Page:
Here’s a bit of Lewis material from the draft introduction to the “affective devotion” chapter of my Getting Medieval with C S Lewis. This is the setup for the following post, which will delve more into what Lewis, following Boethius and the Neoplatonists, thought was our real desire, and how following it would make us more truly ourselves:
Lewis was a scholar of the medieval period, but his medievalism was much more than intellectual. He was medieval not only in his mind, but also in his heart. This we see not only in his youthful encounters with sehnsucht (yearning joy) while reading medieval Norse myths, or in his abiding affection for the passionate poetic vision of Dante, but also in his love for the way medieval people viewed the world and their place in it. As he said in The Discarded Image: “I have made no serious effort to hide the fact that the old [medieval cosmological] Model delights me as I believe it delighted our ancestors.”
At the center of this heart sympathy for the medieval way of seeing the world was a very particular understanding of how our emotions move each of us along our path to God. Significantly, in his apologetic writings, Lewis frames both his own movement toward faith and the usual human process of conversion as an Augustinian quest of desire. Augustine’s dictum “Our hearts are restless until they rest in thee” and his cry, in the Confessions, “Inebriate me, O God!” arose from a Christianization of a classical philosophy called eudaemonism (from the Greek word for happiness, eudaimonia). Classical philosophers had asked, “What makes man truly happy?” Early and medieval Christian eudaemonists answered out of the ubiquitous scriptural language of reward: We are happy when God fulfills his promises and our desires by giving us his loving presence. According to Augustine, the key to happiness is to want the one right thing, which is God himself.
Lewis agreed, and he found pernicious and un-Christian the modern ethic of absolute abnegation of desire: “If there lurks in most modern minds the notion that to desire our own good and earnestly to hope for the enjoyment of it is a bad thing, I submit that this notion has crept in from Kant and the Stoics and is no part of the Christian faith.” Instead he argued that “Our Lord finds our desires not too strong, but too weak.” Following Augustine, he affirmed that “we are half-hearted creatures, fooling about with drink and sex and ambition when infinite joy is offered us, like an ignorant child who wants to go on making mud pies in a slum because he cannot imagine what is meant by an offer of a holiday at the sea.” In The Great Divorce, he insisted, “No soul that seriously and constantly desires joy will ever miss it.’”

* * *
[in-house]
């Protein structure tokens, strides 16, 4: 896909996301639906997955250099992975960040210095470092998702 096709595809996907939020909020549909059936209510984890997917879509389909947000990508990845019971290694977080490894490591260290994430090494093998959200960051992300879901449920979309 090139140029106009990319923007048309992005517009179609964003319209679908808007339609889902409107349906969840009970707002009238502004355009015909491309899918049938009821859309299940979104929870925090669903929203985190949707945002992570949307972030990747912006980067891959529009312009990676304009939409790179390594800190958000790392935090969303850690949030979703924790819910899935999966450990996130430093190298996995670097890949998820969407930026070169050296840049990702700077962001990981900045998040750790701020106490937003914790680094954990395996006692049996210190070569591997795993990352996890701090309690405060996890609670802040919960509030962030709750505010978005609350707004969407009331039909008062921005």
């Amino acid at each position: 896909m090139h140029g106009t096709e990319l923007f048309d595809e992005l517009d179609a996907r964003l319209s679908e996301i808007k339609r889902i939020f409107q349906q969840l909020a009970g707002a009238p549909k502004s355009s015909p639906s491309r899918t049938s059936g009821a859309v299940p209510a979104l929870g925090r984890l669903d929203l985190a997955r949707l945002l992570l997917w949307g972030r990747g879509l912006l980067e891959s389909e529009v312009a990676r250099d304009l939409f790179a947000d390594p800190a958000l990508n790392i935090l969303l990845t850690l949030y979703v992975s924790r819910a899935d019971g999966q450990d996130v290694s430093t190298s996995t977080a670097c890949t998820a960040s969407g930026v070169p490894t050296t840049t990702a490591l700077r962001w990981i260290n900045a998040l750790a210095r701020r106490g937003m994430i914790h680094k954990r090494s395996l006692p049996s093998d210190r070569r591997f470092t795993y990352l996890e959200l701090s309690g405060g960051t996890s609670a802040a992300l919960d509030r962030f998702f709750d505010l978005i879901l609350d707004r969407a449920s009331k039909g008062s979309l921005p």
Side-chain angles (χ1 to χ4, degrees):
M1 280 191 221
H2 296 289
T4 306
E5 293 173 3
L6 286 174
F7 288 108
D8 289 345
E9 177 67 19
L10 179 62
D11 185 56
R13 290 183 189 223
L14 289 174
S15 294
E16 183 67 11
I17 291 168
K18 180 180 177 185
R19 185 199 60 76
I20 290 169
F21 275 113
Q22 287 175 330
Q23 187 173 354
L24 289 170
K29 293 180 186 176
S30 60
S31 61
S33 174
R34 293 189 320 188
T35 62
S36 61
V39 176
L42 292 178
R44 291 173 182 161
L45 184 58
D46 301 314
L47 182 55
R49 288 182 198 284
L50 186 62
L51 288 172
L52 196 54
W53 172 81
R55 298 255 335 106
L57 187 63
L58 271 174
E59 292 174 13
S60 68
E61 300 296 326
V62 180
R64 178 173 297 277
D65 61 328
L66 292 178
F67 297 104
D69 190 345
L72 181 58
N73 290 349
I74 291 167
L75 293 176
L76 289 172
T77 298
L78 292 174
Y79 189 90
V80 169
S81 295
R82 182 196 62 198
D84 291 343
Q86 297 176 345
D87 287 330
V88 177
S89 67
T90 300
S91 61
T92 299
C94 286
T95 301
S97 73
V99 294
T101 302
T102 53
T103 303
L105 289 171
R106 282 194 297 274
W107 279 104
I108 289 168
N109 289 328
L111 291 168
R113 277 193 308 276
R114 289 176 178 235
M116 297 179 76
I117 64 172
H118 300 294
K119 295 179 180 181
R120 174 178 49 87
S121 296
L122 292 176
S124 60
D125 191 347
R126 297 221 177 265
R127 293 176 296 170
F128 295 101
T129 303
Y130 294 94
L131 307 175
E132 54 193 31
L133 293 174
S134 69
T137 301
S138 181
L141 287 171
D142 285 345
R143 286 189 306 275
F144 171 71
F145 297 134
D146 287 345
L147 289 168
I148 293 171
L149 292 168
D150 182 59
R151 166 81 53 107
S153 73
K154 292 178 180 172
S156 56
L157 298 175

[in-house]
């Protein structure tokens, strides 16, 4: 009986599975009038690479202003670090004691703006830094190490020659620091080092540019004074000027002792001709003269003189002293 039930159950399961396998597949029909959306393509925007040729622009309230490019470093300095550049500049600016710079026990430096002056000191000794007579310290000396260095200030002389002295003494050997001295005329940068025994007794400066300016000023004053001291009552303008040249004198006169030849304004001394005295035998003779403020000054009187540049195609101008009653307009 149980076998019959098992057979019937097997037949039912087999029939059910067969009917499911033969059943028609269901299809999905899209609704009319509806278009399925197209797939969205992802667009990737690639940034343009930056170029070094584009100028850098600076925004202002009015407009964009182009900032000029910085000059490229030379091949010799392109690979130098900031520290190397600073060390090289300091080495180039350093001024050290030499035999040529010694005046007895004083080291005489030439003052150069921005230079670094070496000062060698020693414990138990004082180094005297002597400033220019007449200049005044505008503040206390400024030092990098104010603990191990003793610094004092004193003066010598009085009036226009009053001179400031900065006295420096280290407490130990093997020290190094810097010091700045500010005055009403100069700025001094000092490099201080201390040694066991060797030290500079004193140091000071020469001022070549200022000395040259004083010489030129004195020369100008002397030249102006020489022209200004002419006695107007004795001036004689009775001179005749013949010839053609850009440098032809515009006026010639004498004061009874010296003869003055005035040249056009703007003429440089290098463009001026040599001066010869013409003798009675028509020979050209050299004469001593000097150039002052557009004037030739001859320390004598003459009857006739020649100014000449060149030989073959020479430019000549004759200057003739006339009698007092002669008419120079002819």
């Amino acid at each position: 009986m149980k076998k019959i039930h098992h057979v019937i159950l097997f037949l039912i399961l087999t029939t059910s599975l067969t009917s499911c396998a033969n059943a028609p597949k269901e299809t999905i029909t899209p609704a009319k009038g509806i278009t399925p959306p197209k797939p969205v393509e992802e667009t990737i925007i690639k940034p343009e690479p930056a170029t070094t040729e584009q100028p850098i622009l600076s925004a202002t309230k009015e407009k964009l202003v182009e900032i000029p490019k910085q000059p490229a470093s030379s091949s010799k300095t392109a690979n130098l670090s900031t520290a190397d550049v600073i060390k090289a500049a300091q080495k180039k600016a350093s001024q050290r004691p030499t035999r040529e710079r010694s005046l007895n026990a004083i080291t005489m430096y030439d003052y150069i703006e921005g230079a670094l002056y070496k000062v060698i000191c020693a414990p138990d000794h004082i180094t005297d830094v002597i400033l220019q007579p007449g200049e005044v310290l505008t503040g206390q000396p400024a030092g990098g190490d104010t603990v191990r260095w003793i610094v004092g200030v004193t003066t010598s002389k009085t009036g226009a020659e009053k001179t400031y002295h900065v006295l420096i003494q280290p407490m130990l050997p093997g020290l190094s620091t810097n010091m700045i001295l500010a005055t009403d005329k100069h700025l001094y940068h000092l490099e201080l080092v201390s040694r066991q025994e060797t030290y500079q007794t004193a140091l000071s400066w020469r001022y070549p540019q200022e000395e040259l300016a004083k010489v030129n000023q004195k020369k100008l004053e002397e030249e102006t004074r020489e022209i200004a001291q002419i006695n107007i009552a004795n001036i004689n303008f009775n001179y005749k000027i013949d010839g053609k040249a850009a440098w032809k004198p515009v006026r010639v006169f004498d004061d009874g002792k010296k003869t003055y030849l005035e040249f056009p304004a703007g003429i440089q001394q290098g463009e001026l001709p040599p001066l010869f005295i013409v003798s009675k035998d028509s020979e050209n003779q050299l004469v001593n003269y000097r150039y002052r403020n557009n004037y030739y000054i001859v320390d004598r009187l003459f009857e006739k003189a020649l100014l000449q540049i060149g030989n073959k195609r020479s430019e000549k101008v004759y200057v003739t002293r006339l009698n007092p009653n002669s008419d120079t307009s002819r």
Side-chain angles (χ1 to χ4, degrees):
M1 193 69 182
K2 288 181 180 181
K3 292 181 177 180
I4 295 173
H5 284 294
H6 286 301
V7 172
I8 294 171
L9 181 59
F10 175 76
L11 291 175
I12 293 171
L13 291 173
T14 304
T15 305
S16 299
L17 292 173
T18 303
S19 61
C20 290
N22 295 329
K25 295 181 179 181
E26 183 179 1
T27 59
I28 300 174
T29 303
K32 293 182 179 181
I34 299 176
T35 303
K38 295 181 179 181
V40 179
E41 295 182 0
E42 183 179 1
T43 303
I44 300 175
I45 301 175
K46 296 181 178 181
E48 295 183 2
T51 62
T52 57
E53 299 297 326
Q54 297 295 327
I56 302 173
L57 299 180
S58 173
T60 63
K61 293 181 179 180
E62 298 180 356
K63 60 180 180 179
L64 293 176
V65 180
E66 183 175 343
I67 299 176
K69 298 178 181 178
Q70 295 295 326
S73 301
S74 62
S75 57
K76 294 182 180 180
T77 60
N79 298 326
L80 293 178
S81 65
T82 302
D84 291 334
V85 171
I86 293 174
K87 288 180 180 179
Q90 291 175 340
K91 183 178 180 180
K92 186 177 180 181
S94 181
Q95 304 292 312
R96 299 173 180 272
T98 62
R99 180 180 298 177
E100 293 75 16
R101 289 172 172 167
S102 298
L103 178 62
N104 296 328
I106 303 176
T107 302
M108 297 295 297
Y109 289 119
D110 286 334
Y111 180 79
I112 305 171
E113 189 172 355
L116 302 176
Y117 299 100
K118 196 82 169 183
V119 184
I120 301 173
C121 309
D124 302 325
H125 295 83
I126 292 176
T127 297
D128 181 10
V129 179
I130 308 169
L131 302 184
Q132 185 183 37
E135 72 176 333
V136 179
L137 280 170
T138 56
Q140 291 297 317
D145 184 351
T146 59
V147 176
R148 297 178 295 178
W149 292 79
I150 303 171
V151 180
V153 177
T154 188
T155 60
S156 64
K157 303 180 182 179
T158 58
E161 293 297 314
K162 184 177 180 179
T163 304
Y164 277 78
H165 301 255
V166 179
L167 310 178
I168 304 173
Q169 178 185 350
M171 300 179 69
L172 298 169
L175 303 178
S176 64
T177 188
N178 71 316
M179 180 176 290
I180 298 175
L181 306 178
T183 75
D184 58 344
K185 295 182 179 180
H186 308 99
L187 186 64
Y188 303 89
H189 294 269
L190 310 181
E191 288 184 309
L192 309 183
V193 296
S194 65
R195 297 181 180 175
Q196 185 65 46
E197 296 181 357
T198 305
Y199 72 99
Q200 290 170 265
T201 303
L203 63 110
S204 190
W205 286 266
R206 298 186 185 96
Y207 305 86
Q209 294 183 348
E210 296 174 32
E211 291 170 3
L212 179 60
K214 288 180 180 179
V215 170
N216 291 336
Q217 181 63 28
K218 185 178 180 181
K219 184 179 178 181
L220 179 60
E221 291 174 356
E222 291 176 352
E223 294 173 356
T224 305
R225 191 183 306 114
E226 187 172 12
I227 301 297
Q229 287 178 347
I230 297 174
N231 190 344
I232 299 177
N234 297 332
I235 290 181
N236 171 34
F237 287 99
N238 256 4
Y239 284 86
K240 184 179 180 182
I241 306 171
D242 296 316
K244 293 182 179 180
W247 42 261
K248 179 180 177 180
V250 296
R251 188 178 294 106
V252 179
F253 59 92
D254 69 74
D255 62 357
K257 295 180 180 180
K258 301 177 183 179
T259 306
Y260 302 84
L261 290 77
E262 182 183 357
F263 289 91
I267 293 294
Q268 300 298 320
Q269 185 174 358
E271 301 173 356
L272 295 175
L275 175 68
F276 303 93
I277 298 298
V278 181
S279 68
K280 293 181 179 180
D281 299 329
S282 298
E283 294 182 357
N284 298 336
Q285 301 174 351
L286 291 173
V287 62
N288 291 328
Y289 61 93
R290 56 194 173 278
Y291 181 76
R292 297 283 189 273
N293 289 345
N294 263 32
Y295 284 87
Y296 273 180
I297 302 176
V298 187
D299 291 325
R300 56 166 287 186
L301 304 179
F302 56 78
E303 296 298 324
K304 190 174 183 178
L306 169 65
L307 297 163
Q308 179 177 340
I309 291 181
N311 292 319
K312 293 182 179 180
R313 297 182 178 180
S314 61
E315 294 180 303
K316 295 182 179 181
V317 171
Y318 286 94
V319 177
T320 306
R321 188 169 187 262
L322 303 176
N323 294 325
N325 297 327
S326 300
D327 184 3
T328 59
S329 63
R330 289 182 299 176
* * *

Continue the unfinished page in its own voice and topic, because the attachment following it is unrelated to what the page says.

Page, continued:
Lewis, Boethius, and the Neoplatonic path of desire
This doctrine of desire emerged first of all from Lewis’s own experience of his path to salvation. But like all his experience, he applied to this one a strong set of philosophical and literary filters. When Lewis first wrote an account of his conversion, it was in unapologetically and passionately philosophical terms. This account was his early book The Pilgrim’s Regress. Lewis places on the Regress’s first page twin quotations from Plato and the Consolation, which together make the same point about how people on the path to truth proceed through a kind of desire:
First Plato: “This every soul seeketh and for the sake of this doth all her actions, having an inkling that it is; but what it is she cannot sufficiently discern, and she knoweth not her way, and concerning this she hath no constant assurance as she hath of other things.”
Then Boethius: “Whose souls, albeit in a cloudy memory, yet seek back their good, but, like drunk men, know not the road home.”
He adds to these two a third quotation, from Anglican theologian Hooker:
“Somewhat it seeketh, and what that is directly it knoweth not, yet very intentive desire thereof doth so incite it, that all other known delights and pleasures are laid aside, they give place to the search of this but only suspected desire.”
This language of desire, of eros, would become crucial for Lewis’s developing Christian apologetic. Indeed, when he honed the story of his own conversion for a wider audience, in the more accessible Surprised by Joy, this Platonic-Boethian language of desire and its fulfillment remained prominent.
 Lewis, Discarded Image, 216.
 Lewis, C. S., “The Weight of Glory.” The Weight of Glory and Other Addresses, ed. W. Hooper (New York, Simon and Schuster, 1996), 25-26.
- The principle that enchanted everyday life for the medievals (including the arts and sciences) (gratefultothedead.wordpress.com)
- C S Lewis and the translation of medieval Creation-focus for today (gratefultothedead.wordpress.com)